Tuesday, 27 January 2009
Otautau has a long history of flooding thanks to the town's proximity to the Otautau Stream. But unlike New Orleans, USA, for example, where the engineer, Bienville, made the wrong decision on where to put the settlement - in a bowl below sea level - our settlement, Hodgkinson, was originally supposed be away from the lowland of the stream, on high ground above the Aparima River. We can't blame any engineers - it was just a preference of those early residents to stay put right next to the stream.
Some of the floods of the last century have been captured in photographs and are on display at the Otautau Museum. These include floods from 1913, 1935, 1948 and of course 1984.
What is missing though are some first-hand accounts of what those floods were like. Some people think their own stories of 'how it used to be' are inconsequential but nothing could be further from the truth. If you would like to have your stories recorded for posterity, the Museum may be able to help. They have the technology, all they need are volunteers. Contact me if you'd like to be interviewed on flooding or any other aspect of our district's history.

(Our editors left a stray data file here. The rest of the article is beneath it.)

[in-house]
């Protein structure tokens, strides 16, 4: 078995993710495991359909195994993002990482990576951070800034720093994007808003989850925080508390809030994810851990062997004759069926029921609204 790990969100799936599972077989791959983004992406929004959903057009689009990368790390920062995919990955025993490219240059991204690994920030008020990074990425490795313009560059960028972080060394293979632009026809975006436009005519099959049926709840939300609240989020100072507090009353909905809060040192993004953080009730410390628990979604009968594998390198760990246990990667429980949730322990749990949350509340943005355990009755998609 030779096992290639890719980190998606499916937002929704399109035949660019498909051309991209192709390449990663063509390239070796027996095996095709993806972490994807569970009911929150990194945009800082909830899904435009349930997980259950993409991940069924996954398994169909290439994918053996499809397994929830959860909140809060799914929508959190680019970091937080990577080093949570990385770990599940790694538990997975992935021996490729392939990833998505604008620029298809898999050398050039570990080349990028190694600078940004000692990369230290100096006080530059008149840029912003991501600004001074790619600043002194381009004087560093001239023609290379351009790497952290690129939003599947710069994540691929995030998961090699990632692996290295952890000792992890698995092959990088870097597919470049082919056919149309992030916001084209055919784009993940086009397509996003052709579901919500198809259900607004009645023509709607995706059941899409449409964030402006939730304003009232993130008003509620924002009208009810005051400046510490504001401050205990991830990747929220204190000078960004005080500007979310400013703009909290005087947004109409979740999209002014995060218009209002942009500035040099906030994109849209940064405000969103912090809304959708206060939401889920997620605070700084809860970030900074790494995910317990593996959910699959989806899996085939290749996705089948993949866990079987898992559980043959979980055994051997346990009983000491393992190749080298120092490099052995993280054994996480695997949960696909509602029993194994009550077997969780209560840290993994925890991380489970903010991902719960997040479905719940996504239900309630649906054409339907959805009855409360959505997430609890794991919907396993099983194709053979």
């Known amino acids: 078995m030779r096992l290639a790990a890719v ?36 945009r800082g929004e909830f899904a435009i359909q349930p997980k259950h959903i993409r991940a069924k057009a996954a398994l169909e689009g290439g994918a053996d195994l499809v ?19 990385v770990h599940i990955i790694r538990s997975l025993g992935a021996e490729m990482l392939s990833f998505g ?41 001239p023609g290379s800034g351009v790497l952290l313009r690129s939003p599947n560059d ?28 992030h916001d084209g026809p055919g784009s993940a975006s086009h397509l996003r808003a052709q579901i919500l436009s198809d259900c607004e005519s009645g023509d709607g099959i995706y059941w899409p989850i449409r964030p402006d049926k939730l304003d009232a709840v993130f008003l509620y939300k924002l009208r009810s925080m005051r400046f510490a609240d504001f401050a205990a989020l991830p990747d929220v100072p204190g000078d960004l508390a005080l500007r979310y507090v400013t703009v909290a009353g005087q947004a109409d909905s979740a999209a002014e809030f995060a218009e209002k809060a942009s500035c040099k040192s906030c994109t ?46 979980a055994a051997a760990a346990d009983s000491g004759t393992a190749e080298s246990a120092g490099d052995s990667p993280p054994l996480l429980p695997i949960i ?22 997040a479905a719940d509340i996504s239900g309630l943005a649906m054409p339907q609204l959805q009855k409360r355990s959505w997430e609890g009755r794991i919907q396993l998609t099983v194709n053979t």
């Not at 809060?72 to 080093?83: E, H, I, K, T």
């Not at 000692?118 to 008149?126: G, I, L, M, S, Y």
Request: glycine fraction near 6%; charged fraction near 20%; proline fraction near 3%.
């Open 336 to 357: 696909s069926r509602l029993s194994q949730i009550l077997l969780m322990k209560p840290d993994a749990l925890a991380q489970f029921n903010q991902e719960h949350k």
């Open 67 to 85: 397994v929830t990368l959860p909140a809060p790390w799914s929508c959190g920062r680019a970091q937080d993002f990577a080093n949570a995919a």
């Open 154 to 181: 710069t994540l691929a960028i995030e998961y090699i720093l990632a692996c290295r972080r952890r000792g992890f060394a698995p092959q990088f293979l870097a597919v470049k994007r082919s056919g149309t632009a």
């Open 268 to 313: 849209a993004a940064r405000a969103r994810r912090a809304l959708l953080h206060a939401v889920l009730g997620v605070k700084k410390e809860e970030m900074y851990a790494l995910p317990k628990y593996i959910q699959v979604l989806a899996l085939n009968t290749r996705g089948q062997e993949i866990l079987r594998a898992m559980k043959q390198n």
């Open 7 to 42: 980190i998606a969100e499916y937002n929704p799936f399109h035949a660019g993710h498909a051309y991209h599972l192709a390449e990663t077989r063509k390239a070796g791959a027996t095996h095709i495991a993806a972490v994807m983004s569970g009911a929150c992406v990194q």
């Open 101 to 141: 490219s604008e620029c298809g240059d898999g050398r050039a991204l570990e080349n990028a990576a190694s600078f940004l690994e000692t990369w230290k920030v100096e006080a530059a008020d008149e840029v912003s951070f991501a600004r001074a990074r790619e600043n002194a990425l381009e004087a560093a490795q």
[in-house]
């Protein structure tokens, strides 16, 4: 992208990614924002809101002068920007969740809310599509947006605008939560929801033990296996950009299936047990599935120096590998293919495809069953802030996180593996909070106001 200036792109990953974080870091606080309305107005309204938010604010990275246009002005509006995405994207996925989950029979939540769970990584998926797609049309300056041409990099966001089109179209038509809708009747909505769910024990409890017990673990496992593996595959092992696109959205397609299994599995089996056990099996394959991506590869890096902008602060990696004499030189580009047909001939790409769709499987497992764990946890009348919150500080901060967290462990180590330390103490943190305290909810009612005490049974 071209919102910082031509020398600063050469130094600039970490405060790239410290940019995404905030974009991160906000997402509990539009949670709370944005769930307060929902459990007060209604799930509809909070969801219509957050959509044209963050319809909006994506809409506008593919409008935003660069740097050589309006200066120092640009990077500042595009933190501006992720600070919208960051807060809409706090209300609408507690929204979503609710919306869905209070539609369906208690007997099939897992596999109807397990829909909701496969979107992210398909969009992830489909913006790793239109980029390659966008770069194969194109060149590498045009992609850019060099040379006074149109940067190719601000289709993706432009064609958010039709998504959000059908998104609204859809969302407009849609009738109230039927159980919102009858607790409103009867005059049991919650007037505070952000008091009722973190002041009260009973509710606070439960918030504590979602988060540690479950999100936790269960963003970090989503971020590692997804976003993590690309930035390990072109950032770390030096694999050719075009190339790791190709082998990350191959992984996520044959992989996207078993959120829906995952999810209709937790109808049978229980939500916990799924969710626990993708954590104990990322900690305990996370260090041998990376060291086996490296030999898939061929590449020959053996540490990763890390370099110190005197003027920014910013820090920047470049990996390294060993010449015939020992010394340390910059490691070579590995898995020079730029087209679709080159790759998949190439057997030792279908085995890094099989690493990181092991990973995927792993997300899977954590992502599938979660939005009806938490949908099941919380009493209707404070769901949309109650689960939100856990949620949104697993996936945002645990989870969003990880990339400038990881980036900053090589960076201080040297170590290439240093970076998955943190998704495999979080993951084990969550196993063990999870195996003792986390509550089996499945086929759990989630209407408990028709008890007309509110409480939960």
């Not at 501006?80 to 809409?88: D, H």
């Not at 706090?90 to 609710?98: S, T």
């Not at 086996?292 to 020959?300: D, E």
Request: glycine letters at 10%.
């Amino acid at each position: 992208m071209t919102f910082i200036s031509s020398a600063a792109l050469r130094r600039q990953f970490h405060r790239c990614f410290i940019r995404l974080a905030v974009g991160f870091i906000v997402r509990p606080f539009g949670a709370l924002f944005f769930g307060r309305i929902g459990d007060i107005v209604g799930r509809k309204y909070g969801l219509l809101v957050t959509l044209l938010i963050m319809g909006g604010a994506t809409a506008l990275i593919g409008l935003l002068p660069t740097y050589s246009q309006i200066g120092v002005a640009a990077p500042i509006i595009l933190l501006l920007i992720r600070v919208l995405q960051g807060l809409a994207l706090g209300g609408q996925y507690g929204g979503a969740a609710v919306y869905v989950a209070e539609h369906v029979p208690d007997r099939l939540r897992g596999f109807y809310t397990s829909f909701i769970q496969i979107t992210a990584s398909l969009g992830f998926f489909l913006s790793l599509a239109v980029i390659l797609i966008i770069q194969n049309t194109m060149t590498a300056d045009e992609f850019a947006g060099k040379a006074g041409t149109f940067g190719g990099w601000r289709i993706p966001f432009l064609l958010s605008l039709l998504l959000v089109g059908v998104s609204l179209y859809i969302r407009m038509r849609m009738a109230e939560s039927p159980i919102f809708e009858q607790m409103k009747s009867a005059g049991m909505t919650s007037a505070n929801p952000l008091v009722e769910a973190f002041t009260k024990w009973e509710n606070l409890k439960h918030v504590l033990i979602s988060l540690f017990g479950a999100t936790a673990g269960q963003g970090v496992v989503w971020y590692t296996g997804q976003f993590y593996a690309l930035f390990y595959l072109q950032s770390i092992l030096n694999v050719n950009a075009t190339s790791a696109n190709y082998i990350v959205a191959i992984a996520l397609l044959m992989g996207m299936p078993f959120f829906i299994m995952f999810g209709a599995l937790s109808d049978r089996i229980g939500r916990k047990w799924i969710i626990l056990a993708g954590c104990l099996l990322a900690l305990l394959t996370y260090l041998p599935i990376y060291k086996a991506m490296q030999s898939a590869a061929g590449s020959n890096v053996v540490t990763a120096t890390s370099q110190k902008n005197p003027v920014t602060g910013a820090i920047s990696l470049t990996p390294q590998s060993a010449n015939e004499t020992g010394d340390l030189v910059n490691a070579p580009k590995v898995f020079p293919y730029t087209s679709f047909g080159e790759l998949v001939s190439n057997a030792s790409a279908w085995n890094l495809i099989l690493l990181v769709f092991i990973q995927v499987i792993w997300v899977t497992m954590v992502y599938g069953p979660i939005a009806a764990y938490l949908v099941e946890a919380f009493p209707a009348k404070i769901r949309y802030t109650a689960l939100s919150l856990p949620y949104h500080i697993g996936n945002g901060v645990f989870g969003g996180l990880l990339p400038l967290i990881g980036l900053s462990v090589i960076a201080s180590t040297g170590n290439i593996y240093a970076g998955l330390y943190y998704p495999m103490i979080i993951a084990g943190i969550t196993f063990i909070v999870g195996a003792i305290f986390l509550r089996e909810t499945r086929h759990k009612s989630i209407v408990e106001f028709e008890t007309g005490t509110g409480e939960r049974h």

The first image is of a female guarding her nest during a shower of rain. She is probably of the Dolomedes aquaticus species. She will protect her nest until her spiderlings eat their way out.
This spider is the same species but sitting on a water lily leaf. They are quite large spiders and they walk on water. They don't construct webs to catch insects, but use the water surface as a web, feeling for vibrations of insects struggling on the surface and then running across the surface to seize their prey. Apparently they can inflict a painful bite, but it is not dangerous.
If you have spiders in your garden that you would like to identify, check out Te Papa's What Spider is That? page.
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